Before saying anything about the Open Directory Project or the DMOZ directory it produces, I should offer several disclaimers.
- No editor speaks for the ODP, let alone for Time Warner/AOL/Netscape.
- No single editor’s opinions or choices control any edits in DMOZ, even if s/he is the sole listed editor of a category. Any of us can be overruled on any editing decision at any time.
- I’m effectively as new as they come, or at least was at the time DMOZ editing came back online (late December). There have been no new editors since the well-publicized outage, and I had next to no involvement with the project prior to the outage.
- Notwithstanding point #2, I’m quite opinionated, which I’m sure surprises approximately nobody. And my opinions quite often are different from those of the ODP mainstream.
With that all said:
In Tolkein’s Lord of the Rings, Ents were large, placid creatures, but ferocious when angered. They preferred to deliberate and act slowly, with Treebeard frequently admonishing Merry and Pippin not to be “hasty.” In particular, they liked to take decisions in a slow, communal meeting – the Entmoot. They prided themselves on their great courtesy (it took a whole day at the Entmoot to say “Good Morning”); even so, Treebeard was quite patronizing and peremptory to the hobbits. The Ents saw themselves as stewards, and indeed were well-meaning to those who didn’t threaten them directly.
All of this is an apt metaphor for the Open Directory Project, right down to the gentle chiding of people who actually want things to happen quickly. Any proposal to make a change in the ontology – often even including subcategories in a category where you are the only listed editor – is expected to be discussed first in the internal forums. These discussions go on for at least several weeks, until everybody has had a chance to chime in; often, they take months or even years. The number of forum posts needed to determine a category’s location in the ontology often far exceeds the number of sites actually listed in that category.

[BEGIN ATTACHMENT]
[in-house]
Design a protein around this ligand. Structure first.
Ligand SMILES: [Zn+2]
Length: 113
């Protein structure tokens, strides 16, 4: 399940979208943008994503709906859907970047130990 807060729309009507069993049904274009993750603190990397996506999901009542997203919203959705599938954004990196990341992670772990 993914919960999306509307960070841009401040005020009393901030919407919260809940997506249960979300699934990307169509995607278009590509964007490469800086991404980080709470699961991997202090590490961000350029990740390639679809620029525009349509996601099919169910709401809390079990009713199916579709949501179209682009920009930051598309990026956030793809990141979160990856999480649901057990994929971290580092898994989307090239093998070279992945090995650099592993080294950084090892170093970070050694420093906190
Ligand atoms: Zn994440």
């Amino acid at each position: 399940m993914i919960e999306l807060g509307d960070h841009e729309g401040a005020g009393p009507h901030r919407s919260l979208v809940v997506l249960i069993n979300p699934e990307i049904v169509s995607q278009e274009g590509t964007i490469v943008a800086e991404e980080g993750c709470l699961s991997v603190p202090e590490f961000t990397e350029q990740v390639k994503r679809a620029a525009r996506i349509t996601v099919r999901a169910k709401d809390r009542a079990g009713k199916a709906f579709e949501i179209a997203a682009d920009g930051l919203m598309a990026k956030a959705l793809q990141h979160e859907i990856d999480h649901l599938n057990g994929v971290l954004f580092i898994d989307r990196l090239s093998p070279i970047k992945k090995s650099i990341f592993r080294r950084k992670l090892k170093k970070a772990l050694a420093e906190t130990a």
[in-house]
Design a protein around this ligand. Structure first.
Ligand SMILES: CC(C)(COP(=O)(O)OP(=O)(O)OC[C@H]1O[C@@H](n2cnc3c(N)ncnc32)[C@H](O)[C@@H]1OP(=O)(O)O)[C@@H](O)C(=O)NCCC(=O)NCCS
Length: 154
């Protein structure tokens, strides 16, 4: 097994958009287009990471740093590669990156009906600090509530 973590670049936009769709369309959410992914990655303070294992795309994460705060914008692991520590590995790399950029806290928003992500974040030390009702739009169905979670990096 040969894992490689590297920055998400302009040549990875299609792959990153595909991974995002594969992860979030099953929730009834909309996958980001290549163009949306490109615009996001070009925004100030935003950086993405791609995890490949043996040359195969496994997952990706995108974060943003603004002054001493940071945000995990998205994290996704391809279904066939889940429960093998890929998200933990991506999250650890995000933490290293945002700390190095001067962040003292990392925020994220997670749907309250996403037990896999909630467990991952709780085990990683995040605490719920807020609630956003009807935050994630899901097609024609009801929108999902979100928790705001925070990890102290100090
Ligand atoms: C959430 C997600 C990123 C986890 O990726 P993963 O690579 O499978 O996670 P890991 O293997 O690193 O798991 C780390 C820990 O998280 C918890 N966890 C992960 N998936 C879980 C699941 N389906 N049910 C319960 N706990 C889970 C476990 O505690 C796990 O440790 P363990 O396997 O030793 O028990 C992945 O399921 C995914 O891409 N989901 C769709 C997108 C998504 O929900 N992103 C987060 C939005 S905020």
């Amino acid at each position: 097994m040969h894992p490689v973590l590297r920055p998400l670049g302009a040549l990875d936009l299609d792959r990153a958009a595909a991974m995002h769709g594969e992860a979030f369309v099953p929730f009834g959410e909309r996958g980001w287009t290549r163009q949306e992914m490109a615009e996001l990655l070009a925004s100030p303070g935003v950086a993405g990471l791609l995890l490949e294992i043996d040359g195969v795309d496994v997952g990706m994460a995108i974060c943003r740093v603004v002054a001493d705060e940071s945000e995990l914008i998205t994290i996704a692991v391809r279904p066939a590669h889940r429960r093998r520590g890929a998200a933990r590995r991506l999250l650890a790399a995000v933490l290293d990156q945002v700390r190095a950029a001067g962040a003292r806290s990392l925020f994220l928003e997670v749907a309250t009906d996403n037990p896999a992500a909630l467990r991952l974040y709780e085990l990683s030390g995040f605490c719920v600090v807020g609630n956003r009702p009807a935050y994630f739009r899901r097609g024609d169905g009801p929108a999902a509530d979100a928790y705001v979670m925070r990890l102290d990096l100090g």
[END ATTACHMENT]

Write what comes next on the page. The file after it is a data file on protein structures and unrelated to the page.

There are very strong strictures against any kind of rudeness in these discussions, or in private e-mails. Even so, the attitude of senior editors towards junior ones reminds me of that of my elementary school teachers. Junior editors – yours truly excepted, I must confess — treat senior ones with greater deference than I showed to Nobel Laureates and Fields Medalists when I was a grad student. That said, I don’t want to imply that juniors’ suggestions are unheeded. It’s just that there are all sorts of processes and precedents when decisions are to be made.
Is all this careful attention to ontology worthwhile? It doesn’t seem to do much for the visitors to DMOZ and its sister directories, because there don’t actually seem to be many visitors. (Do you see many mentions of DMOZ in your referrer logs?) Rather, the current significance of DMOZ is mainly its effect on validating sites as input to search engine rankings. But maybe the care paid to the ontology is needed as an aid to editing? I don’t see that either, but maybe I’m overlooking something in my newbieness.